Who Are You?

Who are you? Whether you realize it or not, whether for good or for ill, you have been told who you are all of your life, and you have grown up into that identity. Being given an identity, defined by others, is not evil in itself. It is part of being a creature. We are made in the image of God, and, from the beginning, we have been told who we are. As image-bearing creatures and procreators, we define the lives of our children, and we have been defined as children by our parents. We have been taught our identity, and we have grown up into it.

Sin sees an opportunity with this created order and seizes upon it. Sin knows that if it can determined the answer to the question, “Who are you?” then it can control your life. If sin can damage you through abuse as a child, it will. Furthermore, sin will take those horrible instances and tell you for the rest of your life that you are a victim, you can never have a good relationship with anyone, you must always protect yourself from being hurt again, and you must look for love in all the wrong ways. You answer the question, “Who am I?” with “the victim of abuse,” and from that point on, you relate to everyone around you in terms of your victimhood.

You were reared in a certain type of family, a family characterized by anger and violence. You have been taught all of your life that, as a part of this family, this is the way we relate to people that treat us this way. You are catechized by word and culture to answer the question, “Who am I?” with “I’m an angry and violent person.”

The world plays on this with you. Do you want to answer the question, “Who am I?” with “a wealthy person,” “a popular person,” or “a good-looking person?” Well, they have the product or gimmick that will help you get there ... for a price.  

The same is true with positive qualities as well. If you grow up in a family culture that is hospitable, loving others, and serving others, you answer the question, “Who am I?” with “I am a hospitable, loving person.”

If you think about it a bit, you’ll realize that this is true. You have been defined, and you have accepted some definitions about yourself. What we are called to do is to examine those definitions in terms of what God has said about us. 

Paul tells the Roman church, “Reckon yourselves on the one hand to be dead to sin and on the other hand alive to God in Christ Jesus our Lord.” (Rom 6.11) If you read the entire chapter up to this point, you’ll discover that Paul has told them that they have died and risen with Christ in baptism. The “reckoning” that they are supposed to do doesn’t make their baptism effective. Their reckoning recognizes what God has already said is true about them. Reckoning themselves dead to sin and alive to God is acknowledging the reality of God’s word concerning each of them in their baptism.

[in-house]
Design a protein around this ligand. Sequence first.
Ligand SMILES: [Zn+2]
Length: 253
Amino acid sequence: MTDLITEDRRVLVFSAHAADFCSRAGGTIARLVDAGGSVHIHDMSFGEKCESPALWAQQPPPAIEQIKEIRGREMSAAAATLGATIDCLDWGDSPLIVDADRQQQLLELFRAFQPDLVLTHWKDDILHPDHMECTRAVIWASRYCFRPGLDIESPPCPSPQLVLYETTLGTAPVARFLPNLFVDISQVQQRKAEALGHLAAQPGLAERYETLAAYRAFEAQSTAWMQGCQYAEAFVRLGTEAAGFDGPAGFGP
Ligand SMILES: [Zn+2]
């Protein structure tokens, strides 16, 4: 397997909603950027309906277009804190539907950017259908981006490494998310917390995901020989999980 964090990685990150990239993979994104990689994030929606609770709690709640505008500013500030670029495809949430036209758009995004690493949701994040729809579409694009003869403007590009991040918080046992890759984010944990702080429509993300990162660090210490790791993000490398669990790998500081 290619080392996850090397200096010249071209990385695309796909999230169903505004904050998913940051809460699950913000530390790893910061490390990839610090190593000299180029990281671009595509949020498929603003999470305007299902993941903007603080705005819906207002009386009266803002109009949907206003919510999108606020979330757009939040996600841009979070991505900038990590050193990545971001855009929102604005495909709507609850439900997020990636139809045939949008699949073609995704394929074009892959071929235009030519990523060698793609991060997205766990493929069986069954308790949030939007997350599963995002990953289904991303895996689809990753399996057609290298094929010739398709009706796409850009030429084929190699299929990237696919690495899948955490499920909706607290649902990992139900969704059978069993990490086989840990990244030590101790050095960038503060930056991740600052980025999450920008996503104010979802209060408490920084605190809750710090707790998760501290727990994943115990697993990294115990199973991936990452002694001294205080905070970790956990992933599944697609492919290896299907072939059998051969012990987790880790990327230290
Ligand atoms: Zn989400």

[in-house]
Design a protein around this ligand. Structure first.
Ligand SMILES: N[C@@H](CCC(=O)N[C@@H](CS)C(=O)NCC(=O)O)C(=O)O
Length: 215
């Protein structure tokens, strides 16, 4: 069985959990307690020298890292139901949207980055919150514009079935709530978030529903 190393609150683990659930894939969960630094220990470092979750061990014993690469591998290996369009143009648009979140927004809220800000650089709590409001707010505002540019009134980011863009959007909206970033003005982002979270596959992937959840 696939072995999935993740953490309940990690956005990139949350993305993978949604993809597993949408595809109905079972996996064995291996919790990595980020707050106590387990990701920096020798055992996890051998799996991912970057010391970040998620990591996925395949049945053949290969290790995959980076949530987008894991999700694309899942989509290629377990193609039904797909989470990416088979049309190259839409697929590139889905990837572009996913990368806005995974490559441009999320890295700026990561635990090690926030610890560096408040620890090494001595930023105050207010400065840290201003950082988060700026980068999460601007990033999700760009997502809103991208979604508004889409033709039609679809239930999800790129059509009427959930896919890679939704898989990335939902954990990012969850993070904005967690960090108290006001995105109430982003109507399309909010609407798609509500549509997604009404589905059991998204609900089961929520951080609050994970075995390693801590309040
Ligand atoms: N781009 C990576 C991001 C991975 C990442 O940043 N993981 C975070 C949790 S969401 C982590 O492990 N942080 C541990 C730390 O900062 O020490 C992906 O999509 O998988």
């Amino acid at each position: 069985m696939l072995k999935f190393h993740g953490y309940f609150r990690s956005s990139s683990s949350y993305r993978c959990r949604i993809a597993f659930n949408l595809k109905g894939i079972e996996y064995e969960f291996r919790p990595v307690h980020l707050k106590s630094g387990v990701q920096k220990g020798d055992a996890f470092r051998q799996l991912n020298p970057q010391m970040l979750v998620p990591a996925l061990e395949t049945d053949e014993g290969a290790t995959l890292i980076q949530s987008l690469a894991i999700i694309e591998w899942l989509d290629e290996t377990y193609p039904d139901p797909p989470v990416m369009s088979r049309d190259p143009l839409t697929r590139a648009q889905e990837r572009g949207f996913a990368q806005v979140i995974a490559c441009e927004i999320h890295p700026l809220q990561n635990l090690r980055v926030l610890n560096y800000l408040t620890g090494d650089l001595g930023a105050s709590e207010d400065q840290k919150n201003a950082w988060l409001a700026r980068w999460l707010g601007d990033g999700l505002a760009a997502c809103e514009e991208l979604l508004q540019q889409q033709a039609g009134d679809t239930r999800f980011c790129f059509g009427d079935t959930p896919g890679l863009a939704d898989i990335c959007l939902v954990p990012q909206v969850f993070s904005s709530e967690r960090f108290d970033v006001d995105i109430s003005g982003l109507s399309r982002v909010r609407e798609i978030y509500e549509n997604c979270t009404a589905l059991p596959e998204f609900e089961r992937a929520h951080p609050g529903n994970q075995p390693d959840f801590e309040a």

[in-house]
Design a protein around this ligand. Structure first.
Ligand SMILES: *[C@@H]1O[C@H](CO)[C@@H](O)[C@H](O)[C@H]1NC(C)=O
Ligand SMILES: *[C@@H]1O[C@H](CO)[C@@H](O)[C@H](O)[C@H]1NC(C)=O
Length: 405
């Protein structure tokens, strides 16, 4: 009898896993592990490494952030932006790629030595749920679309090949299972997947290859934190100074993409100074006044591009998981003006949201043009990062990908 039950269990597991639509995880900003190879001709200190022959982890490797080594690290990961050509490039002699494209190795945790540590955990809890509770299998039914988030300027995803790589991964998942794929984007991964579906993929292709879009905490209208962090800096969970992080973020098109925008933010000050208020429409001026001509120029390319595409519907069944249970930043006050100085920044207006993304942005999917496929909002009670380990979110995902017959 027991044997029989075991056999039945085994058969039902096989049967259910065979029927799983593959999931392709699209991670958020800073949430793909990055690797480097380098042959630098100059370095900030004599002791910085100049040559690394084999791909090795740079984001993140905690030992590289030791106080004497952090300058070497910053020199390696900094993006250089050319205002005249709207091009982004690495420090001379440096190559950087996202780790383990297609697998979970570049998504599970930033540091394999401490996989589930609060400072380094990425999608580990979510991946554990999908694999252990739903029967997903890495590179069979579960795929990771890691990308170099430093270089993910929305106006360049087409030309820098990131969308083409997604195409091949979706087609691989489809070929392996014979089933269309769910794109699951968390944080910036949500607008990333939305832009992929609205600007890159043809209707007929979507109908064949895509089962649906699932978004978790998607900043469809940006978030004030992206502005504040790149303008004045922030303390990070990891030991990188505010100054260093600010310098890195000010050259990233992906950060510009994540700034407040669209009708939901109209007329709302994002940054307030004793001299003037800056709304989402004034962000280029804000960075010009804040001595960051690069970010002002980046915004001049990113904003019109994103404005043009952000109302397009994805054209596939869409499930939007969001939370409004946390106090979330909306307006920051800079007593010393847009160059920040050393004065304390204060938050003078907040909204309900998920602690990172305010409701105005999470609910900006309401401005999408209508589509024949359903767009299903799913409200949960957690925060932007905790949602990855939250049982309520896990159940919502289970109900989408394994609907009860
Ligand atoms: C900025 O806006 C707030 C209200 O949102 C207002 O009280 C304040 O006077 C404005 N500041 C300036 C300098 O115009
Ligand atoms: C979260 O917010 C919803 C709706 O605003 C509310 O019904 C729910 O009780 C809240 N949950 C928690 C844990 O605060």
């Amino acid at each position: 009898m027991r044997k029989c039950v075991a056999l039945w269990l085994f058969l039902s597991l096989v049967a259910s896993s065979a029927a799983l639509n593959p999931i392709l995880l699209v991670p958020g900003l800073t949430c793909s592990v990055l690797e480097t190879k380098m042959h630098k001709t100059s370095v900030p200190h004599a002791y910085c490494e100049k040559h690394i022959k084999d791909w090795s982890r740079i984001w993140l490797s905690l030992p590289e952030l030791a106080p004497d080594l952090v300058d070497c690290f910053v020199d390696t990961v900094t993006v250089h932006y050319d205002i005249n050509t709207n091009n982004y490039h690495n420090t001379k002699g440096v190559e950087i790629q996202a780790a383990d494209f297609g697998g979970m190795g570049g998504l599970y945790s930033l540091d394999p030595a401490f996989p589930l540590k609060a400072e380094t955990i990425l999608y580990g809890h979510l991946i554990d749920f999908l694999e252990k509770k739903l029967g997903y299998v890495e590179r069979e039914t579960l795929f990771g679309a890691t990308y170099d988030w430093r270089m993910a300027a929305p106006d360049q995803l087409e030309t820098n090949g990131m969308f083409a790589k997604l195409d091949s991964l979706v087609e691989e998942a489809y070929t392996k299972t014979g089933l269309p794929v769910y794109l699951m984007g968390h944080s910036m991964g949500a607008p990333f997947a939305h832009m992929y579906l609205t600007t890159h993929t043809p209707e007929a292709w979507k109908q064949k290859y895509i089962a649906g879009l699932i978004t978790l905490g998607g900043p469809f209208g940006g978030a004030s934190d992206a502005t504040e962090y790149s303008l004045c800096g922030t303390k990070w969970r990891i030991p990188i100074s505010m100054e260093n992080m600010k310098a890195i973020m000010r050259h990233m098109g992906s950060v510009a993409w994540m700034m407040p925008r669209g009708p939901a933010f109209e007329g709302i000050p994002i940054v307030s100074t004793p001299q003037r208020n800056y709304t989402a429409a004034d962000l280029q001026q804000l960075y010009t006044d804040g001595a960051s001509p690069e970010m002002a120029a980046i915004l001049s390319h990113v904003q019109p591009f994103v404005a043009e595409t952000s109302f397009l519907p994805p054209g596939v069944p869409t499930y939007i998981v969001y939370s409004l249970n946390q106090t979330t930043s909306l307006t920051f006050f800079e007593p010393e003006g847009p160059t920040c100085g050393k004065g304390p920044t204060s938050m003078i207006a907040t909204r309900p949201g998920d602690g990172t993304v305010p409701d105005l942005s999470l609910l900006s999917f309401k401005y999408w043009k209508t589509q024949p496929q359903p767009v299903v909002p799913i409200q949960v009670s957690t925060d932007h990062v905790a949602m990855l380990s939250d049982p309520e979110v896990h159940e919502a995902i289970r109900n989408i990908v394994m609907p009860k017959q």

The reality is that our old existence in the first Adam and the Kingdom of Sin-and-Death set up through his sin is over. Gone. Finished. It doesn’t linger around in us as our “dark side.” We have been transferred from the kingdom of darkness to the kingdom of God’s dear Son (Col 1.13). Just as Jesus died to sin once, so we die to sin once. That dominion has been broken over us.

This doesn’t mean that we no longer struggle with sin. However, it does mean that we are not defined by sin’s kingship over our lives. We can’t keep believing the lie that sin somehow still retains mastery over us; that it is simply who we are. It isn’t.

Sadly, even in good Christian churches, Christians will hear Sunday after Sunday that they are nothing but sinners who just happen to have a ticket to get out of hell. But really you are still only a sinner. That is your fundamental identity. And we believe it. We believe, not just that we sin (because we will always struggle with sin), but that we are mastered by it. And this gives us the excuse to keep on living the way we are living only to come to grovel and wallow in the presence of God on Sunday again and again.

Don’t get me wrong. We need God’s mercy on a moment-by-moment basis. We need forgiveness daily. But God tells us to stop living as if sin is what tells you who you are. You are a Christian. You have died and risen with Christ, and sin will not have dominion over you. No, you are not defined as a “victim.” No, you are not fundamentally an “angry and violent person.” No, you are not a drunkard. No, you are not under the mastery of sexual immorality. No, this is not “just who I am.” No. No. No. 

You must start seeing yourself for who you really are. Who you really are is what God says about you in Christ. Accepting this is faith. It is a faith that doesn’t rest on emotional experience or whether or not you got a formula just right. It rests on God’s Word, the Word that created the heavens and the earth and continues to sustain them. It is more real than anything you can see, feel, touch, smell, or taste. He says that you belong to him. He says you are no longer under the dominion of sin but in the Kingdom of Righteousness-and-Life. Believe him.

This is where your life begins to take a new direction. This is where you are transformed by the renewing of your mind.